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  Arabic Online


        اللّغة العربيّة    

Arabic Online


• Welcome!

• Varieties of Arabic

• Alphabet

• Pronunciation
• Words
• Vowels
• Reading out

• Syllables

• Stress

• Rules of Pause

• Writing of Letter 'alif

• Roots

• Sibawayh's phonology

• Historical phonology

• Nouns

• Irregular Nouns

• Declension

• Noun Gender

• Feminine Markers

• Singular Nouns

• Dual Nouns

• Plural Nouns EDITED

• Masculine Plural Nouns EDITED

• Feminine Plural Nouns

• Irregular Plural Nouns
• Articles

• Case Inflection

• Case Endings

• The Six Nouns

• Noonation

• Adjectives

• Genitive Construction

• Am/Is/Are Sentences

• Verbs

• Irregular Verbs

• Verb Forms

• Perfective Verbs

• Perfective Conjugation

• Irregular Perfective Conjugation

• Imperfective Verbs

• Imperfective Conjugation

• Irregular Imperfective Conjugation

• Moods

• Subjunctive Mood

• Jussive Mood

• Mood Signs

• Energetic Mood

• Imperative Mood

• Passive Voice

• Passive Perfective Verbs

• Passive Imperfective Verbs

• Passive of Irregular Verbs

• Subject Pronouns

• Object Pronouns

• Demonstratives

• Relative Pronouns

• Sentences

• To Have

• Incomplete Verbs

• Frozen Verbs

• Verb-Like Particles

• Negation

• Present Negative

• Past Negative

• Future Negative

• Negation+Exclusion Style

• Interrogation

• Yes/No Questions

• Interrogative Pronouns

• Polite Request

• Introductory Particles

• Infinitival/Indefinite maa

• Prepositions

• Conjunctions

• Adverbs

• Inactive Particles

• Ablative Particles

• Vocative Particles

• Exclamatory Style

• Praise & Disparagement

• Derived Nouns

• Verbal Nouns

• Active Participles

• Passive Participles

• Participle-like Adjectives

• Comparatives

• Place-nouns

• Time-nouns

• Tool-nouns

• Attributives

• Diminutives

• Vocabulary

• Dialects

• Survival Phrases


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Am / Is / Are Sentences


Every sentence in English requires a verb. You have to use at least one verb to make any complete, meaningful, sentence in English. In Arabic and Semitic languages, it is also the same, but there is one exception; If we have an English sentence in the present tense that contains a verb "be," the Arabic equivalent will not contain a verb "be." In fact, it will not contain any verb at all.

Thus, there can be full sentences in Arabic that do not have any verbs. The verb-less sentences will be those like "Tom is here," "they are in the room," and "where am I?" That is, again, sentences containing verbs "to be" in the present tense.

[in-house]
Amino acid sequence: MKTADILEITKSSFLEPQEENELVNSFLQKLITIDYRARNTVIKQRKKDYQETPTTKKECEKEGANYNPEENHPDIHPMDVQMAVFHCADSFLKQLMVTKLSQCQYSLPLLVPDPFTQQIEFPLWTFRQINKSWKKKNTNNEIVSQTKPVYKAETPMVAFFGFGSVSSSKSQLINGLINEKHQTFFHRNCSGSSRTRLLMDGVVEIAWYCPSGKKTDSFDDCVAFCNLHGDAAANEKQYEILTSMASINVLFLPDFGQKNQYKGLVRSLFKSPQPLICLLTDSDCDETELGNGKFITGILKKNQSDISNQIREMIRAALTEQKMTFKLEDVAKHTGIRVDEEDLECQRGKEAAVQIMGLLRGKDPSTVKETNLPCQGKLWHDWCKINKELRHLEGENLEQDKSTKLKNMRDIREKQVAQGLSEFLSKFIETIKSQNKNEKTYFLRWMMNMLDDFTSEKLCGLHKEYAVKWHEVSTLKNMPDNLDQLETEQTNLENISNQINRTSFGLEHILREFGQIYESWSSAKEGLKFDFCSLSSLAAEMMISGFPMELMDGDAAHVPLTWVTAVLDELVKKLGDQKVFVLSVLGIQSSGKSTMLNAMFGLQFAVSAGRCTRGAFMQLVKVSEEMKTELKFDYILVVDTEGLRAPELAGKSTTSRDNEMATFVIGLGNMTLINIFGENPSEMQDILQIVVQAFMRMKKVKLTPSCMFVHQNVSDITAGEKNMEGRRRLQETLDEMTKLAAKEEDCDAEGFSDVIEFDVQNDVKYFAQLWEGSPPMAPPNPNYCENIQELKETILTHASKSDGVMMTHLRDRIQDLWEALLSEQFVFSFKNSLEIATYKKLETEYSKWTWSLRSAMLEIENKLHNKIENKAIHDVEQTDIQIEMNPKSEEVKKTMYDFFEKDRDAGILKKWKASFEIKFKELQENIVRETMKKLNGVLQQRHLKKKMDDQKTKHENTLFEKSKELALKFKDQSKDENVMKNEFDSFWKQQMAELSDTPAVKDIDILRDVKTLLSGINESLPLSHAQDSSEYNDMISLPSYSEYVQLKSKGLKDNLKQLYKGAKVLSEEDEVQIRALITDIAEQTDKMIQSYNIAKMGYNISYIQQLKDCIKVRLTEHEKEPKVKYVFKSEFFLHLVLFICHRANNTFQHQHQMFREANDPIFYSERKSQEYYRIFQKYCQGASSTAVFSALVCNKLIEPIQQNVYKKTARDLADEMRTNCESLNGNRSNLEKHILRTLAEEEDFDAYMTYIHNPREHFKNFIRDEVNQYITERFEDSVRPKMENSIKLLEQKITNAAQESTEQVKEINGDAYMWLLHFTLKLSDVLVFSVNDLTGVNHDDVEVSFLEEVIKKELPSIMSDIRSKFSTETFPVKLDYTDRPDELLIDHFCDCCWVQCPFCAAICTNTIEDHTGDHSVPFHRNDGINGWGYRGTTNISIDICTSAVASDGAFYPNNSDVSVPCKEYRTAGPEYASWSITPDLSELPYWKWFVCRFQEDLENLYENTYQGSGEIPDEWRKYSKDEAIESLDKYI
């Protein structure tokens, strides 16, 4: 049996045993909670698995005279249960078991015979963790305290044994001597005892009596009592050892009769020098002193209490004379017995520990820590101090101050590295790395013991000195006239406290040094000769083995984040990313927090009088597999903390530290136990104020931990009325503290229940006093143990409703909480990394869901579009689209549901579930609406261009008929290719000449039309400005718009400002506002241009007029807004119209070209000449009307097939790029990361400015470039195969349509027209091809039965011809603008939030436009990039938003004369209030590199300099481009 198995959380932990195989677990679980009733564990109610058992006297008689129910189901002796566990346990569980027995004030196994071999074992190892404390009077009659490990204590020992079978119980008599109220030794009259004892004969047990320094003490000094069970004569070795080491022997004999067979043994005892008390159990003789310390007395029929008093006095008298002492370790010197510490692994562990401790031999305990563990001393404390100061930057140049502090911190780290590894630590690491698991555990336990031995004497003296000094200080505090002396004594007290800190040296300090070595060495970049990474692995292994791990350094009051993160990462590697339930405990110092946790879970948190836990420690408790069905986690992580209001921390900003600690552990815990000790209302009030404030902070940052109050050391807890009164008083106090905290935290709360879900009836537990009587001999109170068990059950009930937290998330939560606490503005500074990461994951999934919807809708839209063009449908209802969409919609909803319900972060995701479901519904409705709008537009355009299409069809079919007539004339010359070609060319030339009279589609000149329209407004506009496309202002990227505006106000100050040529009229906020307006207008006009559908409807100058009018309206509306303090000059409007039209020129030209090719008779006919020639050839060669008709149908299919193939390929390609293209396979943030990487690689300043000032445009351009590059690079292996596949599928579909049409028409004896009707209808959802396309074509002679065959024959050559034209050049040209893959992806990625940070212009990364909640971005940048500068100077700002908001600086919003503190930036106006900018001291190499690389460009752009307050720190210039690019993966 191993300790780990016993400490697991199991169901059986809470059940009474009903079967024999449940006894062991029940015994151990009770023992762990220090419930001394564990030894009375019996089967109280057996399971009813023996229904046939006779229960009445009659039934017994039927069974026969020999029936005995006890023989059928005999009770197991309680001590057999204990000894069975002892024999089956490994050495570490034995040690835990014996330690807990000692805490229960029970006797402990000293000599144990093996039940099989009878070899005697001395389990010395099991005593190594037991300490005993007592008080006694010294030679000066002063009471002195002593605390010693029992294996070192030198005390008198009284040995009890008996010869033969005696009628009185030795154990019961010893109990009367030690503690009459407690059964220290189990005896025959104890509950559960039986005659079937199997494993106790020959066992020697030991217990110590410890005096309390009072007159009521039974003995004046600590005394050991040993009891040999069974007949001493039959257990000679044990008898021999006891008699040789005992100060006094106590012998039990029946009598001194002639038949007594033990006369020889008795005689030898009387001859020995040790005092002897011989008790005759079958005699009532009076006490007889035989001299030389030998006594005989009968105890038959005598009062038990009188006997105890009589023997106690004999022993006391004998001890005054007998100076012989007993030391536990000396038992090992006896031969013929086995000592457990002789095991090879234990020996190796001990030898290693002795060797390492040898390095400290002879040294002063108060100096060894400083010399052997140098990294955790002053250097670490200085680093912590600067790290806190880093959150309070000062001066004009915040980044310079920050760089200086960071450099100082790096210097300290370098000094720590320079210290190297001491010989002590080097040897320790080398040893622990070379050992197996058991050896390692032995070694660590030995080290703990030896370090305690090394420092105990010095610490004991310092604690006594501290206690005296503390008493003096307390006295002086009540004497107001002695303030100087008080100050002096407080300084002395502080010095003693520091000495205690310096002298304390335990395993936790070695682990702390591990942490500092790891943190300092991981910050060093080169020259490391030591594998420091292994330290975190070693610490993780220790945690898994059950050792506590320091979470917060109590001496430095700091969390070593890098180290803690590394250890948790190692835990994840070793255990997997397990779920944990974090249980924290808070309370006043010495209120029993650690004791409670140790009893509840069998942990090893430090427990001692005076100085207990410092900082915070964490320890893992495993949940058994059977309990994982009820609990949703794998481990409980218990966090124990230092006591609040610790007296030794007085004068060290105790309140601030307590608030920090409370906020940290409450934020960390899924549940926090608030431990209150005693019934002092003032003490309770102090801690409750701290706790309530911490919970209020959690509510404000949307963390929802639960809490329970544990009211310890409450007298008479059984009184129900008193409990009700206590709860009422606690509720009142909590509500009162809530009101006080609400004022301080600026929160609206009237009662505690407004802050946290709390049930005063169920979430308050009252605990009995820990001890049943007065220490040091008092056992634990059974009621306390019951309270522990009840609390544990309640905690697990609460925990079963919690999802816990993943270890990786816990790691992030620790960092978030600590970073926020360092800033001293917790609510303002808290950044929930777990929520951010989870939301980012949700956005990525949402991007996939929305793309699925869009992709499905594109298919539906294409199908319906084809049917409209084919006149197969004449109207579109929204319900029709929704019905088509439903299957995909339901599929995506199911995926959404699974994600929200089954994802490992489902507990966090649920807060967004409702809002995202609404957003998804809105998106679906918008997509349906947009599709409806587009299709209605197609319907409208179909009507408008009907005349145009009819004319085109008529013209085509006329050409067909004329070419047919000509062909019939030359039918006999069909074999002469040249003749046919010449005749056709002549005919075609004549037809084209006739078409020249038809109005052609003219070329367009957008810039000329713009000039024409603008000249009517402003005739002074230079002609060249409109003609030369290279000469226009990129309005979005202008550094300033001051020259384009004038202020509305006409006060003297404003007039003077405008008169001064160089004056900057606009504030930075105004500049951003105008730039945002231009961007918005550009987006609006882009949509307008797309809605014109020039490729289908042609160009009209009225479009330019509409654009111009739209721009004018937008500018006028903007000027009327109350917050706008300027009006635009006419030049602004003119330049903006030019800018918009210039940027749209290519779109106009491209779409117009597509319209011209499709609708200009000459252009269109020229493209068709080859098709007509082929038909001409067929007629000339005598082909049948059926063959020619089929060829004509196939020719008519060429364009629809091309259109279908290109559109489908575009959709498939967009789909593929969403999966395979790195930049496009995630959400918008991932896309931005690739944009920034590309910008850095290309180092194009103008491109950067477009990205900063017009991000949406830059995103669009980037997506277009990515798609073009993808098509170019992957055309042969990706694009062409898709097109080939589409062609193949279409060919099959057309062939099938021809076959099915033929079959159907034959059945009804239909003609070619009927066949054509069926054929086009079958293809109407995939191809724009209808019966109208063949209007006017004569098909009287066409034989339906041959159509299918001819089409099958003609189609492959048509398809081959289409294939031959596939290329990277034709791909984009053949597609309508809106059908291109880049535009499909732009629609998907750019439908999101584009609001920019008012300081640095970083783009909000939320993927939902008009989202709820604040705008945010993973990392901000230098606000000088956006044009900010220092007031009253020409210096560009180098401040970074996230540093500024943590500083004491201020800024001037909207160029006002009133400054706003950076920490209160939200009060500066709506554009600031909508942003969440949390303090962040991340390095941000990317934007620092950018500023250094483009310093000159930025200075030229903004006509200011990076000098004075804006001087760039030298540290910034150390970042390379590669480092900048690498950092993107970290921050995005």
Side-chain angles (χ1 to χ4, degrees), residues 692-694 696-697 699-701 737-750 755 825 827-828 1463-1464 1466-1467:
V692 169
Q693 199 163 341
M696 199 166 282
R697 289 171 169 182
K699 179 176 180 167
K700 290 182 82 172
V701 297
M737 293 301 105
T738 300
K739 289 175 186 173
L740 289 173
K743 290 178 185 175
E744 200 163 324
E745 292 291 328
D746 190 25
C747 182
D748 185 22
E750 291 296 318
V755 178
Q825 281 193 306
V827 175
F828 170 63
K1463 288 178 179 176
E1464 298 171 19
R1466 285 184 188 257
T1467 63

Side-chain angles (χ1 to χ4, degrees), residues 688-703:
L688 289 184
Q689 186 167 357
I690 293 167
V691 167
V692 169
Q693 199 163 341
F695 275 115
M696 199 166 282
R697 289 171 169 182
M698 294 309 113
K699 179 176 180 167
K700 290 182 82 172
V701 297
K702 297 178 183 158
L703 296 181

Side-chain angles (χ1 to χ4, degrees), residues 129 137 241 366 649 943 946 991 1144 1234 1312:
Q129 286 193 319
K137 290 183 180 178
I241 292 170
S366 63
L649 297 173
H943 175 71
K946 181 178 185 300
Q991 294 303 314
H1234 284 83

الْسَّمَاْءُ صَاْفِيَةٌ

'as-samaa'(u) saafiya(tun)

= the sky (is) a clear (sky)

Translation: the sky is clear


الْمُعَلِّمُوْنَ هُنَاْ

'al-mu"allimoon(a) hunaa

= the teachers (are) here

Translation: the teachers are here


مُحَمَّدٌ مُسْتَعِدٌّ

muhammad(un) musta"idd(un)

= Muhammad (is) a ready (man)

Translation: Muhammad is ready


لَيْلَىْ سَعِيْدَةٌ

laylaa sa"eeda(tun)

= Layla (is) a happy (woman)

Translation: Layla is happy


أَنْتَ شَخْصٌ طَيِّبٌ

'ant(a) shakhs(un) tayyib(un)

= you (are) a person a kind

Translation: you are a kind person

*Remember that an adjective has to follow its noun in everything, including the state of definiteness.

أَيْنَ هُمْ ؟

'ayn(a) hum

= where (are) they

Translation: where are they?


All these sentences belong to the category that is called in Arabic "nominal sentences." Those are the sentences which begin with a noun word. The part of the sentence that is before the hidden (be) (i.e. the subject) is called mubtada'< الْمُبْتَدَأُ ≈ the start. The part after the (be) is the predicate, in Arabic khabar الْخَبَرُ = the predicate.


الْحَمْدُ لِلَّهِ رَبِّ الْعَاْلَمِيْنَ

'al-hamd(u) li-l-laah(i) rabb(i) ('a)l-"aalameen(a)

= the thanking/praising (is) for the God (the) lord (of) the worlds

Translation: praise God the lord of the worlds

  • اللَّهِ is in the ablative case ('al-jarr) because it is preceded by a preposition (لِـ).

  • رَبِّ is in the ablative case because it is an adjective of اللَّهِ . It is also in the construct state.

  • رَبِّ الْعَاْلَمِيْنَ is a genitive construction.

  • الْعَاْلَمِيْنَ is an annexed masculine plural in the genitive case.


Multiple Predicates

One mubtada'< (starter=subject) can have multiple predicates.


هَذَاْ هُوَ الْشَّرِيْفُ الْنَّبِيْلُ الْكَرِيْمُ

haathaa huw(a) ('a)sh-shareef(u) ('a)n-nabeel(u) ('a)l-kareem(u)

= this he (is) the honest the noble the generous

Translation: this is a very honest, noble, generous man

Huw(a)= he, is a pleonastic pronoun. Employing subject pronouns before the predicate in this manner will be covered in detail in the pronouns section.

Coordinators may be used between the different predicates:

هَذَاْ هُوَ الْشَّرِيْفُ وَالْنَّبِيْلُ وَالْكَرِيْمُ

haathaa huw(a) ('a)sh-shareef(u) wa-('a)n-nabeel(u) wa-('a)l-kareem(u)

= this he (is) the honest and the noble and the generous

Translation: this is a very honest, noble, generous man

The coordinators must be placed between all the predicates, not only before the last one.

An interesting example of multiple predicates is that of "the Finest Names of God" :-)

Note that the verb "to be" will show up in the past and future tenses. It will be just like English for those two tenses.

Thus, we hereby have covered the only case of verb-less sentences in Arabic.





I am here

The ink is blue

What is this?


Can you translate those sentences to Arabic by using the following Arabic words?






An ink (sing. masc.)


A blue (sing. masc.)




This (sing. masc.)





I am here

أَنَاْ هُنَاْ

The ink is blue

الْحِبْرُ أَزْرَقُ

What is this?

مَاْ هَذَاْ ؟




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